This week Secretary of State Kate Brown held a meeting of minor party representatives to discuss establishing a minor party partisan primary election in Oregon. Present at the meeting along with Secretary Brown and Oregon Elections Director Jim Williams were representatives of the Independent Party of Oregon, the Pacific Green Party, the Libertarian Party of Oregon and the Working Families Party of Oregon.
Under current law, the State pays millions of dollars for the nomination process of the major parties, but minor parties are left to fund and run their own nomination process. Two minor parties, the Libertarian and Independent Parties of Oregon, have financed a private primary from their own funds. However, outreach is costly and security is difficult without state resources, limiting the scope of the elections.
While some minor parties may elect not to participate in a State run minor party primary, those that do could see higher member engagement, and a higher profile for their candidates. Public elections just do that. Particularly if covered by the media.
This is particularly true in Oregon which allows cross nominations. Under Oregon’s cross nomination law, the winner of a major party nomination can also seek the nomination of one or more minor parties. So if Oregon were to adopt a minor party partisan primary election, some parties would likely feature Democratic and Republican candidates as well as minor party member candidates. And, if a major party candidate won a minor parties nomination, the candidate would appear on the general election ballot as the nominee of both parties. A distinct advantage for a major party candidate.
Is there a need for a minor party partisan primary? Approximately 8% of Oregon voters are minor party members. Another 22% are unaffiliated with any party. Republican voters make up 30% of registered voters and Democratic voters account for almost 40%. As Democratic and Republican voter shares continue to fall while non affiliated and minor voter registrations continue to climb. And, new voters – those that have never registered before- particularly mellenials, are choosing to register as unaffiliated or as Independent Party voters at higher rates than they register as Democratic or Republican.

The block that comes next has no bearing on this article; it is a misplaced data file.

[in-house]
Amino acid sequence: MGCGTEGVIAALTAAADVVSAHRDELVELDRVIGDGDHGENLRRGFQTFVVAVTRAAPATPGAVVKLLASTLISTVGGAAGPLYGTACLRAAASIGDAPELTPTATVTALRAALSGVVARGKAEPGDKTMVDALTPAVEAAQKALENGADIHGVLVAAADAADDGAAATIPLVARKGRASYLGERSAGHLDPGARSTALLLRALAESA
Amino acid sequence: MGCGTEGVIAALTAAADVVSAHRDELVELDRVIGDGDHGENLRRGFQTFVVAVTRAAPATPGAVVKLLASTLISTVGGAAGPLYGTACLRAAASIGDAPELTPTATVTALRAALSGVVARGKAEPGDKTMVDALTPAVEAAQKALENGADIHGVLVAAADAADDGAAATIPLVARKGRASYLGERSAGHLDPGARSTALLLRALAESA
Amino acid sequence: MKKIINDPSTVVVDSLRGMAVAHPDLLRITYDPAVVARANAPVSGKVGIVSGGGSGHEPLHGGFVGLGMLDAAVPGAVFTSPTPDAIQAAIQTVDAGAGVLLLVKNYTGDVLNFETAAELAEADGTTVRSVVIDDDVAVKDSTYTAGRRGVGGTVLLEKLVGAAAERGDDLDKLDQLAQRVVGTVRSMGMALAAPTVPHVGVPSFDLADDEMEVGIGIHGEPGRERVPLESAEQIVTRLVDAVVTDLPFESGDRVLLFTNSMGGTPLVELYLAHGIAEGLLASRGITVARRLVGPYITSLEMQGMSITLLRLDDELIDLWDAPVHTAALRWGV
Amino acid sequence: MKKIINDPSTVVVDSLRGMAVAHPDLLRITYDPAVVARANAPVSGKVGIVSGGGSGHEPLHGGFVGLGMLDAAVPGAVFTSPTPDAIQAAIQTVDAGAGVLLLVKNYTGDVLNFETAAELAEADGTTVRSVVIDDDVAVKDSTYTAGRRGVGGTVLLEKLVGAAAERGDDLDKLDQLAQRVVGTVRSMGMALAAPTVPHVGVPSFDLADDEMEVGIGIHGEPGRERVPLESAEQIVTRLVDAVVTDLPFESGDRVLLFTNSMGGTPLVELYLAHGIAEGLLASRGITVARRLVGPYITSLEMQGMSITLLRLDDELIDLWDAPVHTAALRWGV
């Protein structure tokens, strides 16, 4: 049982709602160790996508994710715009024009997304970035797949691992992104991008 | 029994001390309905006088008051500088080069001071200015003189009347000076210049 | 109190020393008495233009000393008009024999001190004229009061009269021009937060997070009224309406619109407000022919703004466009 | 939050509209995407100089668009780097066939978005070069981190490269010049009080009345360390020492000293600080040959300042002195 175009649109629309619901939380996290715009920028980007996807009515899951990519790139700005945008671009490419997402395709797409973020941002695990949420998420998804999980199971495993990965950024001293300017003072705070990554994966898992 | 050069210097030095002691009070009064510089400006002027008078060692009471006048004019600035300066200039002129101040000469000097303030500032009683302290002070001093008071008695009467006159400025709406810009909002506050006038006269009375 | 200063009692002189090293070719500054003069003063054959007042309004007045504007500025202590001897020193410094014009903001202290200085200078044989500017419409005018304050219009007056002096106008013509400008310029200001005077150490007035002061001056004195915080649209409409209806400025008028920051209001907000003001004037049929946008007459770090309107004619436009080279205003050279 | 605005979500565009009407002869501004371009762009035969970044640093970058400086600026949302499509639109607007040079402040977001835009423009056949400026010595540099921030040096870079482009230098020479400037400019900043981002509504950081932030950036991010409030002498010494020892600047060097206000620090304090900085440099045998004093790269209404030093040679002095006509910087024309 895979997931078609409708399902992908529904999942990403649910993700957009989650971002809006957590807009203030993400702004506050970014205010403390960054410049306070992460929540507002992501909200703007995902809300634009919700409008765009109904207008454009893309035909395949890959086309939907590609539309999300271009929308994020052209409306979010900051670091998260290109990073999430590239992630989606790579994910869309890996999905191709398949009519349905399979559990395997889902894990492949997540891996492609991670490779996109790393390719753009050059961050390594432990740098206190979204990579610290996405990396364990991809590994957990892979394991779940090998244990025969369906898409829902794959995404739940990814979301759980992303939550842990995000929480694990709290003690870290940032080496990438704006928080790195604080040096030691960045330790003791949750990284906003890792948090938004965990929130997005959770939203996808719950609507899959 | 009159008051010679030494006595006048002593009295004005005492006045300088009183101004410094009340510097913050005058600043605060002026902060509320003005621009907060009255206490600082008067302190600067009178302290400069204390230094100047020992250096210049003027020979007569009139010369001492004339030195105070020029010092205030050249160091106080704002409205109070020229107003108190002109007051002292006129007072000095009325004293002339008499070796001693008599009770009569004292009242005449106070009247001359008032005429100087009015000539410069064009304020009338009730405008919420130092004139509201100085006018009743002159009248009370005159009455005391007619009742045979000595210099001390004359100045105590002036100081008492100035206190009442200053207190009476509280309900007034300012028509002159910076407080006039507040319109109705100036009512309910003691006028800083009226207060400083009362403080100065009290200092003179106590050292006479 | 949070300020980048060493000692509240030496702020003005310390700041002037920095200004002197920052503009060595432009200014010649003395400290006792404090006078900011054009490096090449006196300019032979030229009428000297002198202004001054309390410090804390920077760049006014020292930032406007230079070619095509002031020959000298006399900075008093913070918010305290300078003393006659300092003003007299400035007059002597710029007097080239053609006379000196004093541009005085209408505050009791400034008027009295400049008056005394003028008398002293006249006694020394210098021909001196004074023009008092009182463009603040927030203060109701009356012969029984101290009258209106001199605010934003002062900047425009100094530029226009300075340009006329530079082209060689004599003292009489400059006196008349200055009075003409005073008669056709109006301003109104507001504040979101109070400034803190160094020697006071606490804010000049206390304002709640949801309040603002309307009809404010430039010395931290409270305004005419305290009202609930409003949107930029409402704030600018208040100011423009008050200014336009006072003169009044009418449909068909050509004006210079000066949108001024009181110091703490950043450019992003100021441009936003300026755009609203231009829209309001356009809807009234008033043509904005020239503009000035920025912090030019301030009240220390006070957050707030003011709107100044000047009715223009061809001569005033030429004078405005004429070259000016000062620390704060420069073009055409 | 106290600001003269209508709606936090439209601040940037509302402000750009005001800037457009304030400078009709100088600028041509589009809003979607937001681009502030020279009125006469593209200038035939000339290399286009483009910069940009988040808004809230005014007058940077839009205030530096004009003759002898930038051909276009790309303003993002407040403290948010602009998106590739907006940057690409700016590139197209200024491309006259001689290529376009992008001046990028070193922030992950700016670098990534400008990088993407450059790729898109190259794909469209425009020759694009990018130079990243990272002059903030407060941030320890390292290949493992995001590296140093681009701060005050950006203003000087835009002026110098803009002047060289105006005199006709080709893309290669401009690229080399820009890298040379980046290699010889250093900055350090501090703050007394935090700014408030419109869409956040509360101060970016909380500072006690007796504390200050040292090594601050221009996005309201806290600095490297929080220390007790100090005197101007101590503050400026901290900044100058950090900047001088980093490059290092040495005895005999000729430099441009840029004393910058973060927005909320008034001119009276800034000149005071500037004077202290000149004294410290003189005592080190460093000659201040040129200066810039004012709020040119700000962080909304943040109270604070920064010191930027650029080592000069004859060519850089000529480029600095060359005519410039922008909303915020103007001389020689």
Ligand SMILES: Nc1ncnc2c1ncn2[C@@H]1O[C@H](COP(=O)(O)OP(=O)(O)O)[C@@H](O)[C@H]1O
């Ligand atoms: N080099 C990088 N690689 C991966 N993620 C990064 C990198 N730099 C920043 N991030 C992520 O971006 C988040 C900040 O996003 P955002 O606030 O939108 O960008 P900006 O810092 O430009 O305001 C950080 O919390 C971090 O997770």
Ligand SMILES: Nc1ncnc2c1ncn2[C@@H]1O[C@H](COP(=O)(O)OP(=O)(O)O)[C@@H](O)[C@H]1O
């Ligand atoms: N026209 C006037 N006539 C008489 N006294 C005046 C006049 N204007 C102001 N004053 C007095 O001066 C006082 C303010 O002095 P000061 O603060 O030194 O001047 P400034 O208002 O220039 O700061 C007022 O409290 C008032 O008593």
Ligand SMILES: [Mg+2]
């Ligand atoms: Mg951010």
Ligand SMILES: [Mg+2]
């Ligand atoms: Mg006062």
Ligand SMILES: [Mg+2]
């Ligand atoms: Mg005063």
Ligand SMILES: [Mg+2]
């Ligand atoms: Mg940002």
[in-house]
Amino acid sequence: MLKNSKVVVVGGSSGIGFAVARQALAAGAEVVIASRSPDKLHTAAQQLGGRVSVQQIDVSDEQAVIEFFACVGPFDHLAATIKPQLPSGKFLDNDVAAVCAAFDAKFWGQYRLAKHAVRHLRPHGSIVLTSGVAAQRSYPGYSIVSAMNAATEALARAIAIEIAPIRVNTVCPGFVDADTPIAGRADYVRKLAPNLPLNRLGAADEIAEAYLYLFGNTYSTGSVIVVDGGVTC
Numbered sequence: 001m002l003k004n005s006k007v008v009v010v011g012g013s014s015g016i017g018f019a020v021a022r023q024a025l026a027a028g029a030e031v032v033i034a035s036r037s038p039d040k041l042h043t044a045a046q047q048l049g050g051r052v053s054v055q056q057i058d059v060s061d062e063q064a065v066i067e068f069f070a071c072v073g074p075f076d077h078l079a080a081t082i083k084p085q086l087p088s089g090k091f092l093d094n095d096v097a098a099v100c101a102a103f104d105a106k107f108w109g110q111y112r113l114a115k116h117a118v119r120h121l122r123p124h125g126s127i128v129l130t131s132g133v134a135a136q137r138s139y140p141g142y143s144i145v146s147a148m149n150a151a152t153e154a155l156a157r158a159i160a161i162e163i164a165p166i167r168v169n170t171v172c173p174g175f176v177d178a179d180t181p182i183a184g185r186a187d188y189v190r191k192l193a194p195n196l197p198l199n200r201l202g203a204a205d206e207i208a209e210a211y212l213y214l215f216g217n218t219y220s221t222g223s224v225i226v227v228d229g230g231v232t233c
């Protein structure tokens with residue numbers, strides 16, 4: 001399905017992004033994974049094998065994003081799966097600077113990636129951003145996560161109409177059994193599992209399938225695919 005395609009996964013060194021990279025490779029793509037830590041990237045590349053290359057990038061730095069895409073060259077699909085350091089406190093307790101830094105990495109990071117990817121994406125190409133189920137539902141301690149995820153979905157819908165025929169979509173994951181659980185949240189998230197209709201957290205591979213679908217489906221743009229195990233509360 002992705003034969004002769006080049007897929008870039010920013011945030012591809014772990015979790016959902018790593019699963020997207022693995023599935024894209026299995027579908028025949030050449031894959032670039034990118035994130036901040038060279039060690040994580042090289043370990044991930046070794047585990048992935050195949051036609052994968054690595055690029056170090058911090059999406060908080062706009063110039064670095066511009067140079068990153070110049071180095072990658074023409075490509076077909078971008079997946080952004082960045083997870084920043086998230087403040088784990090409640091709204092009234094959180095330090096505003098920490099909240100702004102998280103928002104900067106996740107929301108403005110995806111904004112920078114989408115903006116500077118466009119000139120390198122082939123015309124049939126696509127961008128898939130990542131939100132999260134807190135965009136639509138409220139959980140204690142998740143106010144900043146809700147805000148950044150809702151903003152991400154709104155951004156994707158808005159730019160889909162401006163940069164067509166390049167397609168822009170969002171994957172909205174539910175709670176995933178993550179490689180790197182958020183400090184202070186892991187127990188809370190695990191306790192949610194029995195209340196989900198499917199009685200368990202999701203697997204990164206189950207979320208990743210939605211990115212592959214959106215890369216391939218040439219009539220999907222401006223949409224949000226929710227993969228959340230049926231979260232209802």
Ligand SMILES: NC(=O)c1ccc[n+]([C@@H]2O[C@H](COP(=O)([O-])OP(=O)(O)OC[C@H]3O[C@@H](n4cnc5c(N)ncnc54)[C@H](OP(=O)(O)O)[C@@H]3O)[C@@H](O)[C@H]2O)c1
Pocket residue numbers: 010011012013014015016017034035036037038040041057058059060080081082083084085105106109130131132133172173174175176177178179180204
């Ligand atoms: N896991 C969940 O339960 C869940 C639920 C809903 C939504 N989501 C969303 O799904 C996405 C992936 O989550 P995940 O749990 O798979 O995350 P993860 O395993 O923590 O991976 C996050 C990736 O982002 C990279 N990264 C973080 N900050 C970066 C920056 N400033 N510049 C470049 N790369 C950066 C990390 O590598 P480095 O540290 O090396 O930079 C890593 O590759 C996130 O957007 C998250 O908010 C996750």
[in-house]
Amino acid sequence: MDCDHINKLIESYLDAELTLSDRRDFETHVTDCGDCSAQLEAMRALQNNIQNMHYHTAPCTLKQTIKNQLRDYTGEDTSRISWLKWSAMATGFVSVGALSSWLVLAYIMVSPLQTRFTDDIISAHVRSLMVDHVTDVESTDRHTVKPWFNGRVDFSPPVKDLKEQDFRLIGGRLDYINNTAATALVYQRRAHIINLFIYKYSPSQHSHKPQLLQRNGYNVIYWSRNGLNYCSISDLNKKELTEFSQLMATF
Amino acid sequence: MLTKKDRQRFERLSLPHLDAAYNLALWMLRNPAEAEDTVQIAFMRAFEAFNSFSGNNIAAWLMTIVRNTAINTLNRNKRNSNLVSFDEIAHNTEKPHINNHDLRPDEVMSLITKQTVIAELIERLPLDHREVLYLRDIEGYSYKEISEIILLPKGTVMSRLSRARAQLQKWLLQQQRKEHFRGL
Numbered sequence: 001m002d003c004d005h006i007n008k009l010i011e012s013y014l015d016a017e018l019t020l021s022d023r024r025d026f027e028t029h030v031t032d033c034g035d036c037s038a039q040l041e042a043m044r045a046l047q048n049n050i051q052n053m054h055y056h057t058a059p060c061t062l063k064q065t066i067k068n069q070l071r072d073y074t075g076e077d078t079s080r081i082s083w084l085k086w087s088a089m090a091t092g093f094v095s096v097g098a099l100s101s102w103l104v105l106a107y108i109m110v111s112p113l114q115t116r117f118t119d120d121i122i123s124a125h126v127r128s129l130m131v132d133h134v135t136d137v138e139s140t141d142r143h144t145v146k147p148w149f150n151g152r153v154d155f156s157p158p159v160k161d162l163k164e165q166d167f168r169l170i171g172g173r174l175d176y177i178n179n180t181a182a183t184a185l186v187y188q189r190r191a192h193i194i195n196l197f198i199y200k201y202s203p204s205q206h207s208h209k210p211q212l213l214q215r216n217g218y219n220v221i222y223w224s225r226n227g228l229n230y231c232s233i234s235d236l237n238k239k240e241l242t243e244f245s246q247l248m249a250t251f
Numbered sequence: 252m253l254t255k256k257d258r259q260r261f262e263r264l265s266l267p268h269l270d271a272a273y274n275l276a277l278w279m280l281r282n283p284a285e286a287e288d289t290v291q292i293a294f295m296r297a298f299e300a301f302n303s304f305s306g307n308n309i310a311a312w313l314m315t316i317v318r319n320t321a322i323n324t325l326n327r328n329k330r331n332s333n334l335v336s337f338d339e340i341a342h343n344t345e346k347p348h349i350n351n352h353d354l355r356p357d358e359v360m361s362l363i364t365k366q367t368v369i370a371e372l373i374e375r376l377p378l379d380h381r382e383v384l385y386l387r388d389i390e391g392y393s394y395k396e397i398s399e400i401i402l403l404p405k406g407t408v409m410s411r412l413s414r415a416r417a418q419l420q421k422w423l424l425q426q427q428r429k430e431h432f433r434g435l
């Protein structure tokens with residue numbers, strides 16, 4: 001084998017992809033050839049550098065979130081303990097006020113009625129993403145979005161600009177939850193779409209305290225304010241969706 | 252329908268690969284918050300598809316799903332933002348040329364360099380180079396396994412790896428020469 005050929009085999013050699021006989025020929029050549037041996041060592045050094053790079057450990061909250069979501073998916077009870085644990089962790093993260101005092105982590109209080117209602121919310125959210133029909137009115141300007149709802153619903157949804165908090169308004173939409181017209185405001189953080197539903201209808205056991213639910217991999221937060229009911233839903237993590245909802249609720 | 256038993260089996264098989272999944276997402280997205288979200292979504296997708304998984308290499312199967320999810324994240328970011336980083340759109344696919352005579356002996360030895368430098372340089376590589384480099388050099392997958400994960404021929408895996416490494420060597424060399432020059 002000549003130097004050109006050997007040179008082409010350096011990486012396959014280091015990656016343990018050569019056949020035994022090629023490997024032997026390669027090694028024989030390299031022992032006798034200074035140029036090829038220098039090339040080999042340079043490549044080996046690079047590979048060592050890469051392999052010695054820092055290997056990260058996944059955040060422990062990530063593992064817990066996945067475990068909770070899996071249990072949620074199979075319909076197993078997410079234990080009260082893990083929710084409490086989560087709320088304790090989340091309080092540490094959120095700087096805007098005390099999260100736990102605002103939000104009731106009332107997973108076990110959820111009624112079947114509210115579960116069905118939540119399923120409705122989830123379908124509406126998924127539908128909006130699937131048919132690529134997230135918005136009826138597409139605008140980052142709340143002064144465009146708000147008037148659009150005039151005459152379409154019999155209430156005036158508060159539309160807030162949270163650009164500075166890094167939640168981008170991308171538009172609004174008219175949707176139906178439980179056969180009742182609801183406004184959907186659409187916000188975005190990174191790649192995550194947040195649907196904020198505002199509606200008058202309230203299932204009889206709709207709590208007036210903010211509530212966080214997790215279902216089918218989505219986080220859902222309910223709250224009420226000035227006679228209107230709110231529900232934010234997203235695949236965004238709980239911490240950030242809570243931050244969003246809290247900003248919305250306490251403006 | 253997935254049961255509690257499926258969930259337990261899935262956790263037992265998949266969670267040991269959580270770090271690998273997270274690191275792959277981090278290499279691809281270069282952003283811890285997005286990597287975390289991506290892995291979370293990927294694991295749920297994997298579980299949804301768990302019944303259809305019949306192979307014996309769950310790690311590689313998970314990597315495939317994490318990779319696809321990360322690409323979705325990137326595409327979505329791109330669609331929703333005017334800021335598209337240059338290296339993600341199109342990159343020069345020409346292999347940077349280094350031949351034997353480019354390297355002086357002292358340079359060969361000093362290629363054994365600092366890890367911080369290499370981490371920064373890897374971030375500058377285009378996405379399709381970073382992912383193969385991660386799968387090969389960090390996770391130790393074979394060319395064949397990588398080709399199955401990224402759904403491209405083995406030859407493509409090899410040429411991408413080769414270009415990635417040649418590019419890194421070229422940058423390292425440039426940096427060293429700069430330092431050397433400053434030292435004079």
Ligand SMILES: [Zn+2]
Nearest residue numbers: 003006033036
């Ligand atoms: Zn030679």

The questions we should ask are – is it proper to fund the nomination process for 70% of our voters, but not the other 30% (and growing)? Is it Oregon’s interest to give voters more options? And should minor parties seek more active participation by their members and if so, isn’t it in the best interests of Oregon to make sure that their selection process is as inclusive and fair and secure as it is for major parties?
Will it cost a bit of money to operate a minor party primary? Yes. But if we believe that everyone’s vote should count the same. That ballot security should not be determined by the ability of a minor party to pay for it. That the majority shouldn’t be entitled to special benefits. And that Oregon not only deserves options for new candidates, but needs them, then the cost would be well worth it.
By – Rob Harris